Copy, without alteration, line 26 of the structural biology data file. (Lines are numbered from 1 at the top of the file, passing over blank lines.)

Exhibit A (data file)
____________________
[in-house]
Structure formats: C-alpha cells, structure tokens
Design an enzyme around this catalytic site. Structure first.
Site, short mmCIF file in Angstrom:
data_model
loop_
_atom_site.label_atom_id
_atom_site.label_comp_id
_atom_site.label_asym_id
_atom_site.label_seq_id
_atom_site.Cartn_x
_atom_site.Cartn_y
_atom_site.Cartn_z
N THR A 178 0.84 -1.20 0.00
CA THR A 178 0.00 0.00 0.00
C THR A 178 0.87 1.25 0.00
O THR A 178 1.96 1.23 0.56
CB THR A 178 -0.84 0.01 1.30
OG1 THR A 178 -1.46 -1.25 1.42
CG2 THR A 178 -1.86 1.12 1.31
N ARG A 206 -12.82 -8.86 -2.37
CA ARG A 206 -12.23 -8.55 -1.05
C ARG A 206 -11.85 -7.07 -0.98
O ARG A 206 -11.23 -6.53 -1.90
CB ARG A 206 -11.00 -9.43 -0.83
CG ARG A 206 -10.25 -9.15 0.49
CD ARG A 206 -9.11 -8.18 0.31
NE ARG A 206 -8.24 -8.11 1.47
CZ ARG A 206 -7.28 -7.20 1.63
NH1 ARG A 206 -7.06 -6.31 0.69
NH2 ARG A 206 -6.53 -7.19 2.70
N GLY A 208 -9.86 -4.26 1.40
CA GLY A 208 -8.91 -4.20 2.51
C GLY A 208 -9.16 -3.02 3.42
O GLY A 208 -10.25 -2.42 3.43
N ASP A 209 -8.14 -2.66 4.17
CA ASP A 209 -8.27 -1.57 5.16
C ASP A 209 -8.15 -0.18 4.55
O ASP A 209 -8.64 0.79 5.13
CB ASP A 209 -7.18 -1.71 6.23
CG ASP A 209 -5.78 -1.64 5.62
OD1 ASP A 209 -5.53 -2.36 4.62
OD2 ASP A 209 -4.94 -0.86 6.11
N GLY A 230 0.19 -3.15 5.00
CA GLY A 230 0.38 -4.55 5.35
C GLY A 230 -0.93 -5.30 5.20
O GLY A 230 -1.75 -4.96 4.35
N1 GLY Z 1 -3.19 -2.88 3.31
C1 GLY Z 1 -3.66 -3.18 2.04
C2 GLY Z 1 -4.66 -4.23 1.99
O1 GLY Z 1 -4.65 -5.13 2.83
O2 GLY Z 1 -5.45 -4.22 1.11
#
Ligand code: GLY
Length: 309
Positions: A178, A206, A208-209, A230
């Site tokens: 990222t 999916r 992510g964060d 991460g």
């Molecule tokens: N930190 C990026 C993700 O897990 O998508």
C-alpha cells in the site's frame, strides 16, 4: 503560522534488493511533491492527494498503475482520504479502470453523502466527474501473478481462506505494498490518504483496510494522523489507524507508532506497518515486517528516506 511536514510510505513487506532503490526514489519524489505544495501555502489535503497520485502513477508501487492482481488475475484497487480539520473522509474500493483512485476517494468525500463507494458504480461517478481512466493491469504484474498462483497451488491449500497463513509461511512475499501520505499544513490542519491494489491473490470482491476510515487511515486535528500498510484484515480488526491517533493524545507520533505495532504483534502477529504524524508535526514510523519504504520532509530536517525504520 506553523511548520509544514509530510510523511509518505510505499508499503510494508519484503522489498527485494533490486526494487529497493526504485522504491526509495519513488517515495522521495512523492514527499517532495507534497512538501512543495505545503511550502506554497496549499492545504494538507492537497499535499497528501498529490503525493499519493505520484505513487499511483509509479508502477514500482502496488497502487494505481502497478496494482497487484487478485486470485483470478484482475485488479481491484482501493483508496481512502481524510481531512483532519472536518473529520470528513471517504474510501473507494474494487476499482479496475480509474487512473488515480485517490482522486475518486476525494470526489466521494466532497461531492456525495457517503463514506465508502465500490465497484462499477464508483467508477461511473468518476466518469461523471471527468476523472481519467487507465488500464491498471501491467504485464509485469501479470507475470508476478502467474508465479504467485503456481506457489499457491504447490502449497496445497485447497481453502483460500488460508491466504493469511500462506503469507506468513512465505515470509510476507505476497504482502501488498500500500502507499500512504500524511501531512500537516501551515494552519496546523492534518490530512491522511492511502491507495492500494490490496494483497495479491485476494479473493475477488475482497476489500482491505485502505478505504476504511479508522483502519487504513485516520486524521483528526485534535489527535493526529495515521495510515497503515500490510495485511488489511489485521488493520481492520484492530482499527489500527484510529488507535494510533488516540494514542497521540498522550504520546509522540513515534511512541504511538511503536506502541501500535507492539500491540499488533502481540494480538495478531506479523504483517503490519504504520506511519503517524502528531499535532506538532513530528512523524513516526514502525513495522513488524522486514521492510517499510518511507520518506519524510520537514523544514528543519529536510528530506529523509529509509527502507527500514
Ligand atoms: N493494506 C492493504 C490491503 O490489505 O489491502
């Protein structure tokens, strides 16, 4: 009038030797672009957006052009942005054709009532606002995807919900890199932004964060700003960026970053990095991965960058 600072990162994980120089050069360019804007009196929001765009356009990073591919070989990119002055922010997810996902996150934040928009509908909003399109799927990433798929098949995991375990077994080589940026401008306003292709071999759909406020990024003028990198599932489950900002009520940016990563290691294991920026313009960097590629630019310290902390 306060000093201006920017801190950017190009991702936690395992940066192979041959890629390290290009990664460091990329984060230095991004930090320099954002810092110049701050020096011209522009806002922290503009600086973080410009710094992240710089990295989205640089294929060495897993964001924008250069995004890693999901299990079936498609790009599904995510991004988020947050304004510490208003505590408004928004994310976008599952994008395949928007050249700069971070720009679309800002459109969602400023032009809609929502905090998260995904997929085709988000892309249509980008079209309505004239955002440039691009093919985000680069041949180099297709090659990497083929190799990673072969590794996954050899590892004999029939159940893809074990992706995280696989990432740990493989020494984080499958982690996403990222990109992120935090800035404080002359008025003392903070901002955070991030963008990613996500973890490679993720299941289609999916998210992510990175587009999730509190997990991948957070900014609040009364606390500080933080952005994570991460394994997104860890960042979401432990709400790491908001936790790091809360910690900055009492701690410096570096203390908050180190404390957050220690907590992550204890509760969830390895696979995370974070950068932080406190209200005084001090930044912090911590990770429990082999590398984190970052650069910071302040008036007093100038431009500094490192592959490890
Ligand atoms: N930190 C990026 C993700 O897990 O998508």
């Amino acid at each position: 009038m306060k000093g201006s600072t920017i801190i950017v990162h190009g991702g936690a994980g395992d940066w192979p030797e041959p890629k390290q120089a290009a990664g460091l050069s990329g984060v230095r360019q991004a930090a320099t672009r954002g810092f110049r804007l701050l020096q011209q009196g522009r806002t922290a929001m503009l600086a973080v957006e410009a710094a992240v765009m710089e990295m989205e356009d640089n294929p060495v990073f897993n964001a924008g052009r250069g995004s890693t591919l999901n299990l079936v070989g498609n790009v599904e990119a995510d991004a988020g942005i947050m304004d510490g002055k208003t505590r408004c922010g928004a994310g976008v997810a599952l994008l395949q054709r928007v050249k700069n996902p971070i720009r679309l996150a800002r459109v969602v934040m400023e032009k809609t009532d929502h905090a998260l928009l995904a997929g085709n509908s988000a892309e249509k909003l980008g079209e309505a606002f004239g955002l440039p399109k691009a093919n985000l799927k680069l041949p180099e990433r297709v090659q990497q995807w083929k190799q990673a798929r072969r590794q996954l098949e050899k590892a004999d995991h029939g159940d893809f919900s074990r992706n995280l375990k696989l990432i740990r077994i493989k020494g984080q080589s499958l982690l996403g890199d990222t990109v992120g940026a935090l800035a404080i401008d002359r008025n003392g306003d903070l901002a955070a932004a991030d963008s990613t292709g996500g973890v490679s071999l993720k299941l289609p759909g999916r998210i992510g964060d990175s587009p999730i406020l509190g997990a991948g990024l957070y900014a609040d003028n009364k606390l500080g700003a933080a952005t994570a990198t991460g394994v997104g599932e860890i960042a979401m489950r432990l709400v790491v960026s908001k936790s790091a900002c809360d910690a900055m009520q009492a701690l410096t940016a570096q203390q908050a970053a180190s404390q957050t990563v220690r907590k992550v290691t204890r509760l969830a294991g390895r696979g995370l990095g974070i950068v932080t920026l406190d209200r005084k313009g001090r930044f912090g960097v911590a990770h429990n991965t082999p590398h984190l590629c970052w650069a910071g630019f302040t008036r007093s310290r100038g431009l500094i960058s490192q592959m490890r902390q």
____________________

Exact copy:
CG ARG A 206 -10.25 -9.15 0.49